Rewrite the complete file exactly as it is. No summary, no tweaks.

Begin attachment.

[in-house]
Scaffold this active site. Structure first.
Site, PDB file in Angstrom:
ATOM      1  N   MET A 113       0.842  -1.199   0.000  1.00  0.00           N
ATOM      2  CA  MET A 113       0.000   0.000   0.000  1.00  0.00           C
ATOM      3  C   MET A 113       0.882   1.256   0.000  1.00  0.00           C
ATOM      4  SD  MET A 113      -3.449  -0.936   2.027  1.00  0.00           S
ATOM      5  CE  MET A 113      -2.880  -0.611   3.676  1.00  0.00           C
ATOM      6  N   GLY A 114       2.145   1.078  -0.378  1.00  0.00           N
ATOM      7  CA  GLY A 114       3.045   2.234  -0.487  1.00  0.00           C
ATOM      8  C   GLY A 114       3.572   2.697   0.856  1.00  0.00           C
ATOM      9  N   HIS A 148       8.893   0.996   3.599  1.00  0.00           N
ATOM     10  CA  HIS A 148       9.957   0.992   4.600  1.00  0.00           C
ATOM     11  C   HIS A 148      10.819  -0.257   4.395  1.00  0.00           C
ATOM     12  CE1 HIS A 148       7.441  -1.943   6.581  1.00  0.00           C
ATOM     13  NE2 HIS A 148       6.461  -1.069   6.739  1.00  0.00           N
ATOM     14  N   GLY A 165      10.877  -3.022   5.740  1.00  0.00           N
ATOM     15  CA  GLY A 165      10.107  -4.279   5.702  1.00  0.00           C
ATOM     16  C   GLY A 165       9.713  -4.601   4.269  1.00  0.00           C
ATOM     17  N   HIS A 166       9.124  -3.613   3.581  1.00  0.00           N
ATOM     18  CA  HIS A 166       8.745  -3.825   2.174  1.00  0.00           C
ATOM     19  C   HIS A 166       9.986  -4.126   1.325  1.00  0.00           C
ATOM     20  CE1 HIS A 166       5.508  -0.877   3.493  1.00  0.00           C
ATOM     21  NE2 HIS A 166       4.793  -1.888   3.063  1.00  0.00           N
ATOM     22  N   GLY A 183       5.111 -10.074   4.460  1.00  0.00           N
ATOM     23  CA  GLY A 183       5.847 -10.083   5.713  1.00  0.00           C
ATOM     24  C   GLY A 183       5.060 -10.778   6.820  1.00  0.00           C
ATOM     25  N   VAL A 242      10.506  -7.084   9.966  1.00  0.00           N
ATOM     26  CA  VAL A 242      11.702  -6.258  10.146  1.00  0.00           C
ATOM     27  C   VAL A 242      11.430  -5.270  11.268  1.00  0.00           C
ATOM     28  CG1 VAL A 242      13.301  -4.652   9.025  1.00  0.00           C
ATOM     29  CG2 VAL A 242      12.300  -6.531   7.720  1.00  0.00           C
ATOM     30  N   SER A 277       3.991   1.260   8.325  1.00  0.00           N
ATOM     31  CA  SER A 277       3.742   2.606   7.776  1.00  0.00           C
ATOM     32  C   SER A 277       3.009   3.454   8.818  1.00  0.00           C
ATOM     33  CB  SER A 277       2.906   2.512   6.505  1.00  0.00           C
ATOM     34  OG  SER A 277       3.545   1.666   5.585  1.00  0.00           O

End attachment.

[in-house]
Scaffold this active site. Structure first.
Site, PDB file in Angstrom:
ATOM      1  N   MET A 113       0.842  -1.199   0.000  1.00  0.00           N
ATOM      2  CA  MET A 113       0.000   0.000   0.000  1.00  0.00           C
ATOM      3  C   MET A 113       0.882   1.256   0.000  1.00  0.00           C
ATOM      4  SD  MET A 113      -3.449  -0.936   2.027  1.00  0.00           S
ATOM      5  CE  MET A 113      -2.880  -0.611   3.676  1.00  0.00           C
ATOM      6  N   GLY A 114       2.145   1.078  -0.378  1.00  0.00           N
ATOM      7  CA  GLY A 114       3.045   2.234  -0.487  1.00  0.00           C
ATOM      8  C   GLY A 114       3.572   2.697   0.856  1.00  0.00           C
ATOM      9  N   HIS A 148       8.893   0.996   3.599  1.00  0.00           N
ATOM     10  CA  HIS A 148       9.957   0.992   4.600  1.00  0.00           C
ATOM     11  C   HIS A 148      10.819  -0.257   4.395  1.00  0.00           C
ATOM     12  CE1 HIS A 148       7.441  -1.943   6.581  1.00  0.00           C
ATOM     13  NE2 HIS A 148       6.461  -1.069   6.739  1.00  0.00           N
ATOM     14  N   GLY A 165      10.877  -3.022   5.740  1.00  0.00           N
ATOM     15  CA  GLY A 165      10.107  -4.279   5.702  1.00  0.00           C
ATOM     16  C   GLY A 165       9.713  -4.601   4.269  1.00  0.00           C
ATOM     17  N   HIS A 166       9.124  -3.613   3.581  1.00  0.00           N
ATOM     18  CA  HIS A 166       8.745  -3.825   2.174  1.00  0.00           C
ATOM     19  C   HIS A 166       9.986  -4.126   1.325  1.00  0.00           C
ATOM     20  CE1 HIS A 166       5.508  -0.877   3.493  1.00  0.00           C
ATOM     21  NE2 HIS A 166       4.793  -1.888   3.063  1.00  0.00           N
ATOM     22  N   GLY A 183       5.111 -10.074   4.460  1.00  0.00           N
ATOM     23  CA  GLY A 183       5.847 -10.083   5.713  1.00  0.00           C
ATOM     24  C   GLY A 183       5.060 -10.778   6.820  1.00  0.00           C
ATOM     25  N   VAL A 242      10.506  -7.084   9.966  1.00  0.00           N
ATOM     26  CA  VAL A 242      11.702  -6.258  10.146  1.00  0.00           C
ATOM     27  C   VAL A 242      11.430  -5.270  11.268  1.00  0.00           C
ATOM     28  CG1 VAL A 242      13.301  -4.652   9.025  1.00  0.00           C
ATOM     29  CG2 VAL A 242      12.300  -6.531   7.720  1.00  0.00           C
ATOM     30  N   SER A 277       3.991   1.260   8.325  1.00  0.00           N
ATOM     31  CA  SER A 277       3.742   2.606   7.776  1.00  0.00           C
ATOM     32  C   SER A 277       3.009   3.454   8.818  1.00  0.00           C
ATOM     33  CB  SER A 277       2.906   2.512   6.505  1.00  0.00           C
ATOM     34  OG  SER A 277       3.545   1.666   5.585  1.00  0.00           O